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Cinnamon

Cinnamon extract shown to reduce oxidative stress of metabolic syndrome

Thursday, October 19, 2006 by: Jessica Fraser
Tags: cinnamon, healing herbs, diabetes prevention


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(NewsTarget) A new study from U.S. researchers has found that daily supplementation with a cinnamon extract may boost the body's antioxidants, which can lessen the oxidative stress associated with metabolic syndrome.

Metabolic syndrome affects roughly 32 percent of U.S. adults, and is characterized by obesity -- especially around the midsection -- hypertension and reduced metabolism of both glucose and insulin. The syndrome is associated with an increased risk in the development of type 2 diabetes and cardiovascular disease.

The study's lead researcher, Dr. Anne-Marie Roussel from the Joseph Fourier University in France, recruited 24 participants with impaired fasting glucose levels for a double-blind, placebo-controlled study. The patients were split into two randomly assigned groups: The first received a daily dose of 500 mg of cinnamon extract (Cinnulin PF from Integrity Neutraceuticals), and the second received a placebo for 12 weeks.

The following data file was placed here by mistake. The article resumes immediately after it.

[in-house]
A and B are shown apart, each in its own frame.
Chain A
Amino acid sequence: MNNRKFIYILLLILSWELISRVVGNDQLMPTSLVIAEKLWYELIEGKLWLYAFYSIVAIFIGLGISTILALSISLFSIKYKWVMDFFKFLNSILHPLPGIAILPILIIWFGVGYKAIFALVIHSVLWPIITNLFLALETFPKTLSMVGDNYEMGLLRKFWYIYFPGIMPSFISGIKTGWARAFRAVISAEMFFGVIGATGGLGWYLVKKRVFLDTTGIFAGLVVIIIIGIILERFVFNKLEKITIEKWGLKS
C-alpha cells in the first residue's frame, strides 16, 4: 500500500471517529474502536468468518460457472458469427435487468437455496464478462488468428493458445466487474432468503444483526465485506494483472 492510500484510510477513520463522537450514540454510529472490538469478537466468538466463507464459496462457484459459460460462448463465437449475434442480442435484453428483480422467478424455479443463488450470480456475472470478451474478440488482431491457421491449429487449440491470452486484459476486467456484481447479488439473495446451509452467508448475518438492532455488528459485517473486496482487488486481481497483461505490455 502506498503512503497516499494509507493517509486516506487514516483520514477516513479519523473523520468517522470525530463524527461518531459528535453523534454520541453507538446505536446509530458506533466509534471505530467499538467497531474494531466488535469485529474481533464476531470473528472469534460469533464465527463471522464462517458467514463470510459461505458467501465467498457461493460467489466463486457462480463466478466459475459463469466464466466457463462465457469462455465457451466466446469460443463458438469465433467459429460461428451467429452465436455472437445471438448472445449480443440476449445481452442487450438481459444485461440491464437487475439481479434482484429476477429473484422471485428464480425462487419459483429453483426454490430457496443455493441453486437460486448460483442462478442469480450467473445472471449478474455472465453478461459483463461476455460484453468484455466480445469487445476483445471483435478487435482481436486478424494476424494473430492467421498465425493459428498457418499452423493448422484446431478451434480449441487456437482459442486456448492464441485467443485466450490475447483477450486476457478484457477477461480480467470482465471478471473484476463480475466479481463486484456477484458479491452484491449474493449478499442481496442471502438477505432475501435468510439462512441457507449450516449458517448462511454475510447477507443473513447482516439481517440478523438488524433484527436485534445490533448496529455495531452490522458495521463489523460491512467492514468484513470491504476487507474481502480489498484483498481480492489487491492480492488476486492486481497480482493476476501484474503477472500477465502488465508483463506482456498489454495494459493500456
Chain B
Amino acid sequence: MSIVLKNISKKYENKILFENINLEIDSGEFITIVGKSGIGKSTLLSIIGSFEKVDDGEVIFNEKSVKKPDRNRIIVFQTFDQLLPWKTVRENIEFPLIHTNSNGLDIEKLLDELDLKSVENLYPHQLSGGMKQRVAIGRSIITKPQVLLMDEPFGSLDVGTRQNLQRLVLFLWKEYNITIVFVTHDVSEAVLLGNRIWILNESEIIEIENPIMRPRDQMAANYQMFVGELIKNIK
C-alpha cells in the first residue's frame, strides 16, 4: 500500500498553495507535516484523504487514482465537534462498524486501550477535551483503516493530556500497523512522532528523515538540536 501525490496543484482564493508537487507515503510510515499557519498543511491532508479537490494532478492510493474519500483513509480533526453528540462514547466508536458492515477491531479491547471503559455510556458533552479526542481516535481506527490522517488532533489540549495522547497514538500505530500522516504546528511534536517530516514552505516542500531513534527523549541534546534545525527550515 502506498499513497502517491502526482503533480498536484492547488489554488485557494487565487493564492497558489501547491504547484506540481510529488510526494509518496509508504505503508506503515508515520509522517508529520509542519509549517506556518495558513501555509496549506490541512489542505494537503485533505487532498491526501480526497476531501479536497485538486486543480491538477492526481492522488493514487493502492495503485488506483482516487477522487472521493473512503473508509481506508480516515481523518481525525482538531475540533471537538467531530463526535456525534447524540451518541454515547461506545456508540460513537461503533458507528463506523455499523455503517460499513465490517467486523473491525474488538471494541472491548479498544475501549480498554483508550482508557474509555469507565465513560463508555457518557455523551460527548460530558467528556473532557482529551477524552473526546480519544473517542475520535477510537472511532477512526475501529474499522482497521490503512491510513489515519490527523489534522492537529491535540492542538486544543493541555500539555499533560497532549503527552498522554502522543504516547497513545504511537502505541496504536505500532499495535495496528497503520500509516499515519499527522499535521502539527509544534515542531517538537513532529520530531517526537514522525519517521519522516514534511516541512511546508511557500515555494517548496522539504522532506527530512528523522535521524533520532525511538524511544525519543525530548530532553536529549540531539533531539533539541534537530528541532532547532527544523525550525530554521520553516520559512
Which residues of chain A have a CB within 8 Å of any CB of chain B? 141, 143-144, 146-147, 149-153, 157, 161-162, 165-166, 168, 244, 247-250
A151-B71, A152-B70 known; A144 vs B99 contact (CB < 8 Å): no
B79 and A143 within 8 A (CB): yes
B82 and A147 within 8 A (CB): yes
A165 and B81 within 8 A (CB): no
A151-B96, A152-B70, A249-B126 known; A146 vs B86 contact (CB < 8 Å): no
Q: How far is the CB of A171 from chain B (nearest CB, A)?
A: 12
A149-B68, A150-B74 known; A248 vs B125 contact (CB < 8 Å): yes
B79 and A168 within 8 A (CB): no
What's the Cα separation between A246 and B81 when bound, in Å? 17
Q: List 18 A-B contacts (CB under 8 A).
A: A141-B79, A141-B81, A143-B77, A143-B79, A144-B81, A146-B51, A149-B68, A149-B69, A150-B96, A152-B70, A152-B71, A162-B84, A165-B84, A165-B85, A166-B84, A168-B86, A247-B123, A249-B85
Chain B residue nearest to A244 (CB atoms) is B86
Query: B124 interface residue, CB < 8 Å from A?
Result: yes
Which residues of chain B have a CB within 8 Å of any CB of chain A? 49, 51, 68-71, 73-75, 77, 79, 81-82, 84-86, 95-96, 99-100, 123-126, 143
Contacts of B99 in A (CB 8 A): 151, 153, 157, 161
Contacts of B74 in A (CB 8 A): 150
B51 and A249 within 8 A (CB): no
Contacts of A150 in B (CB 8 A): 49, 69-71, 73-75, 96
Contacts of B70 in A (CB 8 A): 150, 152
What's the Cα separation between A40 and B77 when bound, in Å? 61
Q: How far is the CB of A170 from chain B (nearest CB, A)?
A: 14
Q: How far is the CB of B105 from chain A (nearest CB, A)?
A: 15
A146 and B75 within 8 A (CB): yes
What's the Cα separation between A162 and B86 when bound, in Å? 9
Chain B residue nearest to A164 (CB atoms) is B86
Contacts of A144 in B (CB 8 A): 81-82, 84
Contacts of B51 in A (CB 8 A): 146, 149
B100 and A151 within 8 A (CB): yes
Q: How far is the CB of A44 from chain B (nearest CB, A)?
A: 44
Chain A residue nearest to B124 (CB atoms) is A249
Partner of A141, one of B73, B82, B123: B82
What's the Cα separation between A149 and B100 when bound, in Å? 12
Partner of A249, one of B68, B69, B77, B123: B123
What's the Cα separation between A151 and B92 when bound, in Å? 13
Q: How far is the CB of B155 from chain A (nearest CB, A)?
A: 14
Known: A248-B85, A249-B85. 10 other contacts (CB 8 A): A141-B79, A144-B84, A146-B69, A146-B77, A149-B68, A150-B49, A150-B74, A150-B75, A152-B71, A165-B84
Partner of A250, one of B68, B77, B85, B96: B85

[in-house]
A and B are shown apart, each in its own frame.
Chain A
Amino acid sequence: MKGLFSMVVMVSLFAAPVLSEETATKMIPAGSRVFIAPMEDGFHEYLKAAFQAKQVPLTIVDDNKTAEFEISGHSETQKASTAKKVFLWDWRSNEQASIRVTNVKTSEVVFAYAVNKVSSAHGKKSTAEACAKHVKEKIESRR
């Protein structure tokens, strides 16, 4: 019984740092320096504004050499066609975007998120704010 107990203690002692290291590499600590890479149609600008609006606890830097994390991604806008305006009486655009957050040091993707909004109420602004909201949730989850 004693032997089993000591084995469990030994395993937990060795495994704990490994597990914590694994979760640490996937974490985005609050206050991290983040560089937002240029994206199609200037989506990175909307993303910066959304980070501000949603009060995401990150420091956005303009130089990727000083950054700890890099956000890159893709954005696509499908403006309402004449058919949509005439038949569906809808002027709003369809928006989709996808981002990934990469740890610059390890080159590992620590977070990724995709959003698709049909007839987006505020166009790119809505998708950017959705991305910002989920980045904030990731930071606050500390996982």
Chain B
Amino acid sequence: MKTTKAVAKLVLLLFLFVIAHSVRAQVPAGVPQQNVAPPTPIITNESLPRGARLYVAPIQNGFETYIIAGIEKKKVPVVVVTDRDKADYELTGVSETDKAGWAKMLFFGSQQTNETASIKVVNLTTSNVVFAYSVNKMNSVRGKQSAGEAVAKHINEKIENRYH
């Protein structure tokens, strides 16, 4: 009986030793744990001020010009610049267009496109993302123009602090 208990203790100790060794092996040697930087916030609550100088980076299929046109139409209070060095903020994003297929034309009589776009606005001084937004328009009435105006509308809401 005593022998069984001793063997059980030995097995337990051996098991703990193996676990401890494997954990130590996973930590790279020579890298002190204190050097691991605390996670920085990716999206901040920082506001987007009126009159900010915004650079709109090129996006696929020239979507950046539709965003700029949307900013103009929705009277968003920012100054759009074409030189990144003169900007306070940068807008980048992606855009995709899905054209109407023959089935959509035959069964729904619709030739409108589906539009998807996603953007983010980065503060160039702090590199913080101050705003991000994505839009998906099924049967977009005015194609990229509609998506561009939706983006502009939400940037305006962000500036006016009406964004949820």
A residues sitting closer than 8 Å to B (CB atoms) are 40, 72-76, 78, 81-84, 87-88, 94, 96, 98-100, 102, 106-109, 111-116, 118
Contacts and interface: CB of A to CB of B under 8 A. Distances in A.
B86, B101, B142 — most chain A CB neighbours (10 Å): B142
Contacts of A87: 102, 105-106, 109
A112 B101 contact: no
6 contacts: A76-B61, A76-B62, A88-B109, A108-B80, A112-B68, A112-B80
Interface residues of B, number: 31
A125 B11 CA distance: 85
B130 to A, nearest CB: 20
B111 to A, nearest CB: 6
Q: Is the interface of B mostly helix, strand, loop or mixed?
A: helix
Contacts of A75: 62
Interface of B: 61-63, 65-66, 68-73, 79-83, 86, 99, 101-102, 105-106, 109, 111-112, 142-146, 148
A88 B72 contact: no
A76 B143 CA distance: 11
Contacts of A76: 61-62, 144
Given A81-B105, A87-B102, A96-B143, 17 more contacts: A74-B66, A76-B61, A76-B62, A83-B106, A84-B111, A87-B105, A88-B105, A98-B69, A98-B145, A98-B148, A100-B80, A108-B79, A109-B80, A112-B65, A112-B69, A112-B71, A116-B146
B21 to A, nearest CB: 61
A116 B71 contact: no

At the study's conclusion, the researchers found that in the cinnamon extract group, plasma antioxidant levels and plasma SH levels were significantly increased, compared to the placebo group. Plasma levels of a reactive compound related to oxidative stress -- malondialdehyde (MDA) -- were also lower in the cinnamon group, but remained unchanged in the placebo patients.

"This study tells us that the active compounds found in cinnamon extract may be helpful in reducing the risk of these diseases by providing cells protection from harmful oxidation," said Dr. Richard Anderson of the U.S. Department of Agriculture, who collaborated on the study. "People with impaired insulin function are at a higher risk of developing life-threatening chronic diseases, including diabetes and heart disease, the number one killer in the U.S."

Previous animal studies have linked daily consumption of cinnamon extract to reduced blood pressure and hypertension, as well as lower levels of blood glucose, triglycerides, total cholesterol and LDL cholesterol.

Consumer advocate Mike Adams, author of "How to Halt Diabetes in 25 Days," said cinnamon is widely used as a blood sugar regulator among diabetics.

"Now, with this latest study, we're learning that cinnamon also protects the body from oxidative damage," Adams said. "That makes it the perfect medicinal herb for diabetics."

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